But … didn’t Jesus promise to give us whatever we asked?
John 14:13-14 … Whatever you ask in My name, that will I do, so that the Father may be glorified in the Son. If you ask Me anything in My name, I will do it.
Matthew 7:7-8 … Ask and it will be given to you; seek and you will find; knock and the door will be opened to you. For everyone who asks receives, and he who seeks finds, and to him who knocks it will be opened.
The promise of receiving every good thing is repeated throughout the New Testament — verse after verse. How, then, do one million prayers for a dying sister go unanswered? And not only for Joey, but her husband and baby girl who will be left without a precious wife and mother? This isn’t what the prosperity gospel teaches.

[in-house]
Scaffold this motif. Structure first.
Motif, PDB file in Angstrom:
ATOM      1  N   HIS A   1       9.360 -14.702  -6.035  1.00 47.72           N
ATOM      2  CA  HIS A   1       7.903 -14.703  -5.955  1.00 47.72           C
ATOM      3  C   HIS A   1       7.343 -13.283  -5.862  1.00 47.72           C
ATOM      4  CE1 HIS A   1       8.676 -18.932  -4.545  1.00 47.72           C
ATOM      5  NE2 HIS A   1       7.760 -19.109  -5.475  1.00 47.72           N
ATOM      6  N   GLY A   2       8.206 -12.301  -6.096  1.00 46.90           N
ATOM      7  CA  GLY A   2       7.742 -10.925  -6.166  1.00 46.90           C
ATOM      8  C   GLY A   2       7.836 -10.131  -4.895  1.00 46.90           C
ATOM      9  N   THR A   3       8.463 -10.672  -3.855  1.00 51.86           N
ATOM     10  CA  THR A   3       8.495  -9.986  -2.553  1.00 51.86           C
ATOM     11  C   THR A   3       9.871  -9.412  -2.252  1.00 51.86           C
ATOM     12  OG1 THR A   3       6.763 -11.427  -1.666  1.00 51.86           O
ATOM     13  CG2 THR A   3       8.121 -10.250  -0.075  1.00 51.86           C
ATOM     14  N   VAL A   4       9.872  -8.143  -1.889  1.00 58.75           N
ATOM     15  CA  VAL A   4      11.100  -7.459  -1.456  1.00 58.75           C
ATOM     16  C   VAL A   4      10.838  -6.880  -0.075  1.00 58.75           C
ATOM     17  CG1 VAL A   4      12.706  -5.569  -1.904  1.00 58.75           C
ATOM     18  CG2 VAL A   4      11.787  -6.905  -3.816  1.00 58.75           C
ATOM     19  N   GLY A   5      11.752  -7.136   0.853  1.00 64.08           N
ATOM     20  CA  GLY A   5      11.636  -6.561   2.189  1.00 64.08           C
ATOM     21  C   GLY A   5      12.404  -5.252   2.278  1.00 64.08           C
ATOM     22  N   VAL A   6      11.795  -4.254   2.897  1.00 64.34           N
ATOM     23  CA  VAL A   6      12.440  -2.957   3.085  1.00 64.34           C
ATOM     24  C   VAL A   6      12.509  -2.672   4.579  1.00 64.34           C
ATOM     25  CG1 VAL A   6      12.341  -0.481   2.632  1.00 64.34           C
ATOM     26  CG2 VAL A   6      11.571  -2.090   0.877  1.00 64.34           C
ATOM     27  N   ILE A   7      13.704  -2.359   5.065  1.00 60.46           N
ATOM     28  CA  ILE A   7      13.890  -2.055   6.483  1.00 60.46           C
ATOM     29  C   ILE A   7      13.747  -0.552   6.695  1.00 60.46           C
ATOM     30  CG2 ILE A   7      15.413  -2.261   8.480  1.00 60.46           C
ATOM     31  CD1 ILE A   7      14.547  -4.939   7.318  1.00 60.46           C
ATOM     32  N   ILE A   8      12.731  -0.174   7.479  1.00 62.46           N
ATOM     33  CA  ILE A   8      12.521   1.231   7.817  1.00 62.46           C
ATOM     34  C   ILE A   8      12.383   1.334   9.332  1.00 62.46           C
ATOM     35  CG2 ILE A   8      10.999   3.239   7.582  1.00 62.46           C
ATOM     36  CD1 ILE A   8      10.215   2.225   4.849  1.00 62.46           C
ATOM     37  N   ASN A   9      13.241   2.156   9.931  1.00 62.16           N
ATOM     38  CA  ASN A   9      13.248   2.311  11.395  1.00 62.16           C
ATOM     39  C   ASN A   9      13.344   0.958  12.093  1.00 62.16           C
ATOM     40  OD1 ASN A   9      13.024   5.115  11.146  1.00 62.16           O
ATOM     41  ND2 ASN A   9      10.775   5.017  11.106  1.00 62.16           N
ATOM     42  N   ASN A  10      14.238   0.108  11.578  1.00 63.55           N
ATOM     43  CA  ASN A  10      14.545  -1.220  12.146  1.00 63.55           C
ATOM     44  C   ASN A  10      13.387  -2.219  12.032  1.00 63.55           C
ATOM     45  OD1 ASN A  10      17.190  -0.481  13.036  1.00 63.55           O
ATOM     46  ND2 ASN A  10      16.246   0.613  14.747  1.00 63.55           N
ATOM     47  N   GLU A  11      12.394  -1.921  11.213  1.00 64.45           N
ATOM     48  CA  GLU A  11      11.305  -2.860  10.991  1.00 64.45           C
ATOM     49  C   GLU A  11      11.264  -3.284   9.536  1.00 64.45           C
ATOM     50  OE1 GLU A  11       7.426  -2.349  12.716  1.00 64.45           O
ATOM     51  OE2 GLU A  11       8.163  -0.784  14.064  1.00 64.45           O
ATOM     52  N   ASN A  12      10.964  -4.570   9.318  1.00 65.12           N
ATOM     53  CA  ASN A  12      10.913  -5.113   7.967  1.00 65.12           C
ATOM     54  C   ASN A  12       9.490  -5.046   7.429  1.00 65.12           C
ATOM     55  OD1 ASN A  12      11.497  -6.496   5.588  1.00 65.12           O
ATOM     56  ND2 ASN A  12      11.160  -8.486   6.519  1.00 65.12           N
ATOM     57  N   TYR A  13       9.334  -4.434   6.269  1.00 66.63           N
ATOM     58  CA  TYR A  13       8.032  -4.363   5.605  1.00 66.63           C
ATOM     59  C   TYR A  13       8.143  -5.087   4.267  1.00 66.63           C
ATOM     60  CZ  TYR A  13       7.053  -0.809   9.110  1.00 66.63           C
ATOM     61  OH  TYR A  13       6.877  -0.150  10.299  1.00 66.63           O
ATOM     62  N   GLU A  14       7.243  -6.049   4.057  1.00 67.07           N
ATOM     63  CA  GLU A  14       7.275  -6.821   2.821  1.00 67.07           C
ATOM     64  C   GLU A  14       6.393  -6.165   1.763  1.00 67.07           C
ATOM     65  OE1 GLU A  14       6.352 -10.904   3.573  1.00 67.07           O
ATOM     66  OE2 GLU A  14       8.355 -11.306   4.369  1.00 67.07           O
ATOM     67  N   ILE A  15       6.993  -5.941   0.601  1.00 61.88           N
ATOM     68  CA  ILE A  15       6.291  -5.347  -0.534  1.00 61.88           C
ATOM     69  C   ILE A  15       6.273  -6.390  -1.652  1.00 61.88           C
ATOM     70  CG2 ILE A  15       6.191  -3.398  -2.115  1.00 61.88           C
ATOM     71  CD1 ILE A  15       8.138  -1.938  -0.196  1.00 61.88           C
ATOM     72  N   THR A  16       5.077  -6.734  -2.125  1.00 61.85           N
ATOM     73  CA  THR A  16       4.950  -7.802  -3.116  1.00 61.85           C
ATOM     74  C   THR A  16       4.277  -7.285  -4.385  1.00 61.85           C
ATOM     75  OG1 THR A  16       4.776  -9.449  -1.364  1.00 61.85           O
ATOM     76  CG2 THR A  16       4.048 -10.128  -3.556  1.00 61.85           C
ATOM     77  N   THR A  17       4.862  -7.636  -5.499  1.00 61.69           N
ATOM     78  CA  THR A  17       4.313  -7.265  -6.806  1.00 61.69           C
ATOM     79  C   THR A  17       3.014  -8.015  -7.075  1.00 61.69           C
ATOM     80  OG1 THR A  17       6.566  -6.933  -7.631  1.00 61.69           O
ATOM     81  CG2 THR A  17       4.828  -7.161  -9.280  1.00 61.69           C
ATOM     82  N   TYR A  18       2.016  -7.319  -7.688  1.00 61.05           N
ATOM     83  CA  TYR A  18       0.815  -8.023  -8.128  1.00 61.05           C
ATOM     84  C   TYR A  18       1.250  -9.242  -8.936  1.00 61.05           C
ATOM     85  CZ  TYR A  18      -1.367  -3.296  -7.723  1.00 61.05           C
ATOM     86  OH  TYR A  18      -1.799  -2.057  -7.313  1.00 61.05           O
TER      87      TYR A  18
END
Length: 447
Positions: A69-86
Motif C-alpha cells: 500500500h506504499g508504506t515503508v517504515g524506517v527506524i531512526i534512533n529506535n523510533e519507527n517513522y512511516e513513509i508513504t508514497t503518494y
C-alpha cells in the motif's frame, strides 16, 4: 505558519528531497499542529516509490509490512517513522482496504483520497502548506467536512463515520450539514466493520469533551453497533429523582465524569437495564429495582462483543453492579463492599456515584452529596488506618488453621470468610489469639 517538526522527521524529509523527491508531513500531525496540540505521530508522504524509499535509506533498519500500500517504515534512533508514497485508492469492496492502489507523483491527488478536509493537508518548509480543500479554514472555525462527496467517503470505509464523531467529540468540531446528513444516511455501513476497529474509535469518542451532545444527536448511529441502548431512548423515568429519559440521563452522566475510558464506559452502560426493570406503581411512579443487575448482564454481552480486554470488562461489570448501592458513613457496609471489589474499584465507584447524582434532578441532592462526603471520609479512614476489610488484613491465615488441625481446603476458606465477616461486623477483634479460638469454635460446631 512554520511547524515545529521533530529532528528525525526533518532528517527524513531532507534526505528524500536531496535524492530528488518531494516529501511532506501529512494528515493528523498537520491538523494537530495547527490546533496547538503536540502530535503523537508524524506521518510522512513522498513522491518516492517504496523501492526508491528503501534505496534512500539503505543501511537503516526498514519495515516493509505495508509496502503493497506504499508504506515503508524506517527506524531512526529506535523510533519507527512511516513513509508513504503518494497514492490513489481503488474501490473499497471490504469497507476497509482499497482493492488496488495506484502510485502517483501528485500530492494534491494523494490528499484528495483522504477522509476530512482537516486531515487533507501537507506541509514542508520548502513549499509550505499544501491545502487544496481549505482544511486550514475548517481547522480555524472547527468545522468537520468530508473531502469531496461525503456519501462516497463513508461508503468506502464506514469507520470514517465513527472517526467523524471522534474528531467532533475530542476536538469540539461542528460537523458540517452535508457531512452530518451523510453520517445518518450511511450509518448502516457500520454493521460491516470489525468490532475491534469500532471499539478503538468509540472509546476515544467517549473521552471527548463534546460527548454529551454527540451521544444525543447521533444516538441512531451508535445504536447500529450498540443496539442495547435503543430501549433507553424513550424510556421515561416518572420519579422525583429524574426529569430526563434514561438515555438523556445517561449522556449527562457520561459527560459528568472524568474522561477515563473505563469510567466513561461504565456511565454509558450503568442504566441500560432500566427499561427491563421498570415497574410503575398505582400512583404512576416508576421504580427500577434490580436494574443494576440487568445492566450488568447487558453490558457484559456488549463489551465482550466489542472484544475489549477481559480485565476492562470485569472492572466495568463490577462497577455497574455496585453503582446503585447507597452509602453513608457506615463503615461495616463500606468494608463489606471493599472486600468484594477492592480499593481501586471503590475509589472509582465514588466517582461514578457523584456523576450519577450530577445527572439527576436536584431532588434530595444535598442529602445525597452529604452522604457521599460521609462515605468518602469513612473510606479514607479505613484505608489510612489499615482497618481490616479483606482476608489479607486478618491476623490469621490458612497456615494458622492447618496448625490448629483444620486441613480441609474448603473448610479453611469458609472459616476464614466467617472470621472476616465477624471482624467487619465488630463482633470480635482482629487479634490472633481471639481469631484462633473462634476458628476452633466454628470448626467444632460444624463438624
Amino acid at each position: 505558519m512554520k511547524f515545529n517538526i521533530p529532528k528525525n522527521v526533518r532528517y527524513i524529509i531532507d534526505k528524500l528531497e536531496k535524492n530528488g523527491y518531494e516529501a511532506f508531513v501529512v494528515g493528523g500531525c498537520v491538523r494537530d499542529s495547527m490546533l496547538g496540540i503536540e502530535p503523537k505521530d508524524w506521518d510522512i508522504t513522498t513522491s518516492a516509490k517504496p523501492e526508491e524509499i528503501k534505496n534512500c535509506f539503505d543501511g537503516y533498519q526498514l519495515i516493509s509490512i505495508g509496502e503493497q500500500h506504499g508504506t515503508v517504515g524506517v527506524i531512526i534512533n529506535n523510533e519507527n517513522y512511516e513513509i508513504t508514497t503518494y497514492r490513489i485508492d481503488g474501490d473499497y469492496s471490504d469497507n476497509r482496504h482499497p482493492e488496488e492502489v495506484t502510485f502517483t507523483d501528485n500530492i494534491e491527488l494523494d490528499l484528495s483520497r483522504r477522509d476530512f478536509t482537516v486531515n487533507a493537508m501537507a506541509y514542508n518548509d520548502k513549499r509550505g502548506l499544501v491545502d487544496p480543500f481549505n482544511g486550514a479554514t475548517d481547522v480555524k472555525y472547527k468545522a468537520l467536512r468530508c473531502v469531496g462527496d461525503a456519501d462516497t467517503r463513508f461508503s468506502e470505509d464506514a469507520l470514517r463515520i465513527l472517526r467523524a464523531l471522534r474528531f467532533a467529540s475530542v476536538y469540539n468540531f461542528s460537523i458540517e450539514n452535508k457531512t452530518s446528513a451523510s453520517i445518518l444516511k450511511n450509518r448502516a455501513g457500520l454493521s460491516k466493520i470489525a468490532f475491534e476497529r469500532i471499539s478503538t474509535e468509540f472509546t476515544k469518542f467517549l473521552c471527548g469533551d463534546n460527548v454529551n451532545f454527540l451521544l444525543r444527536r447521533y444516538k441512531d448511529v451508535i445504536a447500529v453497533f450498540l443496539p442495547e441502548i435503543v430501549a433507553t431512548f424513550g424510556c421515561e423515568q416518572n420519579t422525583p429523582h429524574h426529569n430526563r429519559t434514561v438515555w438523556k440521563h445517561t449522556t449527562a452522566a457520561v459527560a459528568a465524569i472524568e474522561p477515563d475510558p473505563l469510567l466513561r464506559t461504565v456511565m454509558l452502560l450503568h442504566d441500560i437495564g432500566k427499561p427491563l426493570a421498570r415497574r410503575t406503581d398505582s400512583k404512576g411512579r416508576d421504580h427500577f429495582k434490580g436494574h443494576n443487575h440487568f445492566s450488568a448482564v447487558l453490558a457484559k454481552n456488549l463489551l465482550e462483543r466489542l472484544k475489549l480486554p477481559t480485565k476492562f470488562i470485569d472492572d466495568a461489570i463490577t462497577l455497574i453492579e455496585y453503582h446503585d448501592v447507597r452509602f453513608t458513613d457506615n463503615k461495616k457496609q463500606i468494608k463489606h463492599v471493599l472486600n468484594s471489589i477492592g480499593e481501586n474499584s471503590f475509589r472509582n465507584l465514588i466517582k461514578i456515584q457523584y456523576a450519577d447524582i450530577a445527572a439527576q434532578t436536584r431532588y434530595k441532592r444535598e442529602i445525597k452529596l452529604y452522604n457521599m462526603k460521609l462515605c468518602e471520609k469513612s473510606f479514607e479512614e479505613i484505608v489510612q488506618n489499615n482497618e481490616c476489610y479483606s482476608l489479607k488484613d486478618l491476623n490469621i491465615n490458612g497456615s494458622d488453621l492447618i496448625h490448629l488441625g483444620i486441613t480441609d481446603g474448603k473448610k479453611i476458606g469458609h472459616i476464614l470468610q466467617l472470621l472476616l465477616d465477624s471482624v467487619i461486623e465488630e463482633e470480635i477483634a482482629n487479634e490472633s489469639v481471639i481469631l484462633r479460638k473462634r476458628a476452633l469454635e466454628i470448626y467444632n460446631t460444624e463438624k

Joey, in a moment of anger and hurt, said … “I thought I did everything right.”
How do we make sense of it all? My pastor gave a timely sermon last Sunday. He shared the painful story of the birth of his twin sons. During his wife’s pregnancy one of the boys developed kidney problems. The doctor’s advice was to ignore the one child, but this did not sit well with the couple so they sought the opinion of a second doctor who was optimistic that he could perform surgery in the womb to correct the one child’s kidney function. After follow-up examinations the doctor concluded that the boys were too far along to attempt a medical procedure so the wife would have to carry them through until birth. Hopefully, the one boy’s kidneys would resume normal function on their own.
The second doctor asked the pastor and his wife, “Do you take drugs?”
Pastor: “I don’t understand. I mean, no.”
Doctor: “I only ask because most of my patients in your situation would be so distraught they couldn’t think.”
Pastor: “Well, we do something … we pray.”